But most importantly perhaps, we saw the LEHO (NGO) works in progress, microhydroelectric power in action for grinding almonds, extracting the oil, and grinding barley. The community all benefits from each product through a cooperative unit, with the European Union at the top of the pyramid of engineers and donors. No USA support of LEHO to speak of yet, but we will research that and set up a fund for interested donors. Swedish and French very large donors of equipment including weaving looms, spinning and wool carding machines. I bought one shawl that will supposedly support a village for a long time, and empower women to have their own money. Many of the projects are arranged so that the women don't have to ask their husbands for money for household expenses, which is considered to be humiliating.

We were entertained in every household we visited- every greenhouse, every root cellar, every poultry farm, every apricot drying scheme, every garden, by kind gracious, gentle, laughing, happy people, offering us butter tea and regular tea and biscuits and very crunchy almond barley mix...We rode much of the journey with traditionally dressed Ladakhi women, sleeping on one another's shoulders etc as we bumped along.

I hadn't realized the importance of the slight change in altitude and keeping hydrated for the return to Leh, which is higher altitude. Last night I had my first episode of true frightening death-defying pain, getting an hourlong headache in which I thought my brain was exploding. Never in my life experienced such pain, it was beyond belief. Honna did her kind care and pranic healing, and just her kind hand on my brow and to be able to hold onto her arm was such a comfort. I couldn't get out of bed for another twelve hours as it subsided. I thought it was cerebral edema (for which I had brought an emergency supply of predisone but didn't use) but Honna softly and gently said not to worry, it was just lack of proper hydration on our journey. The Ladakhi women don't drink water on their journeys so I was trying to be one of them and not be so American with my water bottle, but I am what I am, and the water is so critical at have to drink it all day long from safe water bottles, everyone does, plastic which can be refilled at certain places, but plastic in general is frowned upon in this most ecologically aware part of the world...they put America to shame here in Ladakh, because their ecological schemes are so advanced and so gentle...

On the way back we were nearly out of gas and it was very dark on very windy roads along cliffs. We saw ancient remote statues - gilded and bejewelled- of various deities in the temples along the way. Even though it's only a few hundred kilometers to Dumkbar along the Srinigar-Leh road, it took about eight hours with all our stops along the way. It was a hard and exhausting journey but when we arrived, and sat on a dirt floor by candlelight with the beautiful men and women, looking at their cooperative efforts in handicraft, and drinking butter tea sitting by the looms and woolens and grains, helping to box them up to take to market the next day, it was an ineffably beautiful end to the day. In the car the next day the ever-jolly Ladakhi women took turns grabbing my thigh and shaking it and saying how strong I was and how young I look! I have a hard time accepting compliments, but it is amazing and shocking to get compliments from the people I admire most in the world for their strength and beauty. However life in the mountain villages is hard, and people whose age I estimate as 60 or 70 are actually only in their forties and fifties, but still beautiful beyond words....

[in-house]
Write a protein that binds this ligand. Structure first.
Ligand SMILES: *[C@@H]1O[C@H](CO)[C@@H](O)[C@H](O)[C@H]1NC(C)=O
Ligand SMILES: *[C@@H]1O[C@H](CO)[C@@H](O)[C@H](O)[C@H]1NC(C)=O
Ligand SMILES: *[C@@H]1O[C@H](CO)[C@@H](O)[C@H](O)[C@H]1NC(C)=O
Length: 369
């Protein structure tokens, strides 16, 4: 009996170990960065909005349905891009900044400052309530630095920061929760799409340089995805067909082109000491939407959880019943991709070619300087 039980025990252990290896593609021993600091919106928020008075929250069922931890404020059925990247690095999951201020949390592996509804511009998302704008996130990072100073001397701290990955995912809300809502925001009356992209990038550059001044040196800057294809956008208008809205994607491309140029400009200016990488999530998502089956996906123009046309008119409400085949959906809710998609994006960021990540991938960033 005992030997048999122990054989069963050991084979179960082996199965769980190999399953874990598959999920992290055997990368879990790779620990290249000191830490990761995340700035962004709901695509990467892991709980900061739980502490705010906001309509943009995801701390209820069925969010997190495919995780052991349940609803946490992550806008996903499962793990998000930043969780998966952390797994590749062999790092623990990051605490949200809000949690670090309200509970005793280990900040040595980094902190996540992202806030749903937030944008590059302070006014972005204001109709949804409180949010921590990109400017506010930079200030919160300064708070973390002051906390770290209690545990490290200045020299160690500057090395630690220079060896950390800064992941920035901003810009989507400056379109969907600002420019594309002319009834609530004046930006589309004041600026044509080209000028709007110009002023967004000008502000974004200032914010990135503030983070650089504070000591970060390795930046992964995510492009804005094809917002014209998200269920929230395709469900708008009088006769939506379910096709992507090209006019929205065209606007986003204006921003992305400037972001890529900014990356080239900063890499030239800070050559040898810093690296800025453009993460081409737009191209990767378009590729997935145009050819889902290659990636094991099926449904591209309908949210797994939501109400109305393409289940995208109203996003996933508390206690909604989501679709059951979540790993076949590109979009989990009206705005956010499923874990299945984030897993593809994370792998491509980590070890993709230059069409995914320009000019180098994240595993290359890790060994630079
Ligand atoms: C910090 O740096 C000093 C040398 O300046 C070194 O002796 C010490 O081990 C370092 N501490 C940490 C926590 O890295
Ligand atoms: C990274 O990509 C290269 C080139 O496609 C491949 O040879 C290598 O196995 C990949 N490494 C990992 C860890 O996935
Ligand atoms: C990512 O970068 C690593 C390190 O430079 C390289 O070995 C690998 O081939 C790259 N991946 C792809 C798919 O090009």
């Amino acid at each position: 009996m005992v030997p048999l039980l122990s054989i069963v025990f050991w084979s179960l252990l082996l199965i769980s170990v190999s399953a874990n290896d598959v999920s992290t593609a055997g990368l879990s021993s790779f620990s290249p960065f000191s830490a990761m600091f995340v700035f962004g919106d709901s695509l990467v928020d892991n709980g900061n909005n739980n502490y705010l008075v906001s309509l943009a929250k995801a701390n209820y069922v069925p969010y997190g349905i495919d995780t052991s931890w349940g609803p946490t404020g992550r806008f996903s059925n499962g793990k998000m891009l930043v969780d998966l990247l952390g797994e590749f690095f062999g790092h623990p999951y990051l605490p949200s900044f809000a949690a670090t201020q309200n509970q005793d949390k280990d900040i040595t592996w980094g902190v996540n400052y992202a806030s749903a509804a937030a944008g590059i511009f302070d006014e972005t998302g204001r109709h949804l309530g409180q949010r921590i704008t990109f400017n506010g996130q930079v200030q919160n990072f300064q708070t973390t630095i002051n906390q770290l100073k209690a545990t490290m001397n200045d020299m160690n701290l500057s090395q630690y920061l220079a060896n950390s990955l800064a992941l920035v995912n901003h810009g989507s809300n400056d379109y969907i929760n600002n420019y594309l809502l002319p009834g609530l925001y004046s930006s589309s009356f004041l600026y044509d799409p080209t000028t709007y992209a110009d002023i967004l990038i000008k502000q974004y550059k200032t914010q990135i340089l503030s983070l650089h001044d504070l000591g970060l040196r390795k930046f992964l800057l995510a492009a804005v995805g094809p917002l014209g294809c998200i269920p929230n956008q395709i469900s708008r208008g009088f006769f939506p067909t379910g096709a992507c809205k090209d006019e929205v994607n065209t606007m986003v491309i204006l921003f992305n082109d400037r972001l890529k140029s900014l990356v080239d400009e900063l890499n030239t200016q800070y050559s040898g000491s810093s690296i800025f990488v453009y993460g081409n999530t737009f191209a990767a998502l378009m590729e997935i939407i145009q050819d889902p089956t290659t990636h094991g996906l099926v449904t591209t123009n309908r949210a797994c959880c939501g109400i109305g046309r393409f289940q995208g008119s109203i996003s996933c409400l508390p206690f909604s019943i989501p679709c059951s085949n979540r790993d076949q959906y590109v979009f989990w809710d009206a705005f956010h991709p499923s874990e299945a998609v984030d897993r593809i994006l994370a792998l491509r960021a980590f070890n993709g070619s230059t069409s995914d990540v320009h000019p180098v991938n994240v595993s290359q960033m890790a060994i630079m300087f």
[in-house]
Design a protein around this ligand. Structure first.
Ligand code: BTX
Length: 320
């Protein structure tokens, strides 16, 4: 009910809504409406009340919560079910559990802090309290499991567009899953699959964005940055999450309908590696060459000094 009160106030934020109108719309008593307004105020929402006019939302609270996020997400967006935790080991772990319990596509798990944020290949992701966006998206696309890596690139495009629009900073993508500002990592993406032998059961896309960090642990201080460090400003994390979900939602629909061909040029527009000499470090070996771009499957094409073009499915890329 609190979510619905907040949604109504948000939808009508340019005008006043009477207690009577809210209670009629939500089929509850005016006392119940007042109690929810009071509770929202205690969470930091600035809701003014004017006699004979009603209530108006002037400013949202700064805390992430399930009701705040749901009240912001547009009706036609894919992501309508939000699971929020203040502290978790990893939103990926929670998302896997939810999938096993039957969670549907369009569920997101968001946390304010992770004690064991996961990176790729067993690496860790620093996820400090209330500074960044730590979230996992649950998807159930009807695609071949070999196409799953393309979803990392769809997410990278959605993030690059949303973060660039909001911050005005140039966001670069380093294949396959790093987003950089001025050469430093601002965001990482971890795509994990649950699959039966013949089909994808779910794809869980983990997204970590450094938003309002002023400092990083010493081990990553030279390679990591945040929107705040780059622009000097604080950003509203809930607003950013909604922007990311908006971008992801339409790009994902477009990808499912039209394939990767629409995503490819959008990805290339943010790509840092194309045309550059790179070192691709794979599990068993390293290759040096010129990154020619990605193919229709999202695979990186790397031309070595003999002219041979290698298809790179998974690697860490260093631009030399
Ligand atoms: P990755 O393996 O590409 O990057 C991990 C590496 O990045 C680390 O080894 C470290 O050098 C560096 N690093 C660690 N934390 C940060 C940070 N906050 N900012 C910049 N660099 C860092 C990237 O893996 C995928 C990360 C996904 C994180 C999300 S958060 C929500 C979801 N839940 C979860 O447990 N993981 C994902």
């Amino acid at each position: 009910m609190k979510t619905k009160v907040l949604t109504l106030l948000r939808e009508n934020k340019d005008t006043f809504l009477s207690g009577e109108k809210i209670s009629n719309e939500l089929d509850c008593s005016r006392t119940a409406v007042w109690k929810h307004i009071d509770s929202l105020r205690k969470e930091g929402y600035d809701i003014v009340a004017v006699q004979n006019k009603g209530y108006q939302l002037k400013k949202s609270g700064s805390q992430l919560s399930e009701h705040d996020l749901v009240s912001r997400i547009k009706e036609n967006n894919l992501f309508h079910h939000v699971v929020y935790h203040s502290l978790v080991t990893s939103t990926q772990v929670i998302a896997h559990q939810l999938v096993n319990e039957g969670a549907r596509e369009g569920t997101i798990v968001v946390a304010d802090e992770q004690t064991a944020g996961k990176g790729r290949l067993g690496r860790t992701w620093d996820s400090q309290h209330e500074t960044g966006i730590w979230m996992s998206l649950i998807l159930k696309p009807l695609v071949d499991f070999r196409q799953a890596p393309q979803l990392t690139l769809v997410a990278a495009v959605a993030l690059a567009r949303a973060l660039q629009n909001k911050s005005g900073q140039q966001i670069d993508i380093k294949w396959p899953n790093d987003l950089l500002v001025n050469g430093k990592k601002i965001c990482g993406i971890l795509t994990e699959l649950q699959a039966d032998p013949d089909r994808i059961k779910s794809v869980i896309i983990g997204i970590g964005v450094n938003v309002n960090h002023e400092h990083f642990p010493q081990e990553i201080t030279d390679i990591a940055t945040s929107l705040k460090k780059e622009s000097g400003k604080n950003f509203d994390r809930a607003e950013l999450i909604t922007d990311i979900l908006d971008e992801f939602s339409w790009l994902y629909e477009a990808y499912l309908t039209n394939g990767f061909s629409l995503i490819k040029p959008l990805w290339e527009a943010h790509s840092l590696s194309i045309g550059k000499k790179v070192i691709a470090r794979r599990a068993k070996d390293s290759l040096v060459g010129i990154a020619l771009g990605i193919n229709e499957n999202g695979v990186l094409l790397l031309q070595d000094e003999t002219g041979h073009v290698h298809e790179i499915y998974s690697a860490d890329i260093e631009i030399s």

I am beyond happy, beyond blessed,beyond wonder, so full of gratitude for this experience....Love to all...Please become aware of Ladakh. Honna and I will be trying to raise awareness in the USA when we return. As I've said, we are responsible now for making a brochure and other literature as part of our arrangement with the NGO LEHO to go to the outer villages and homes.ALthough Leh is a wonderful bustling tourist destination with its share of hustlers and vendors just like any other tourist town, Ladakh is an unspoiled, almost unspoilable region of the world. I haven't been able to upload photos, the time is too long, but no picture could ever capture the pure goodness and beauty of Ladakh.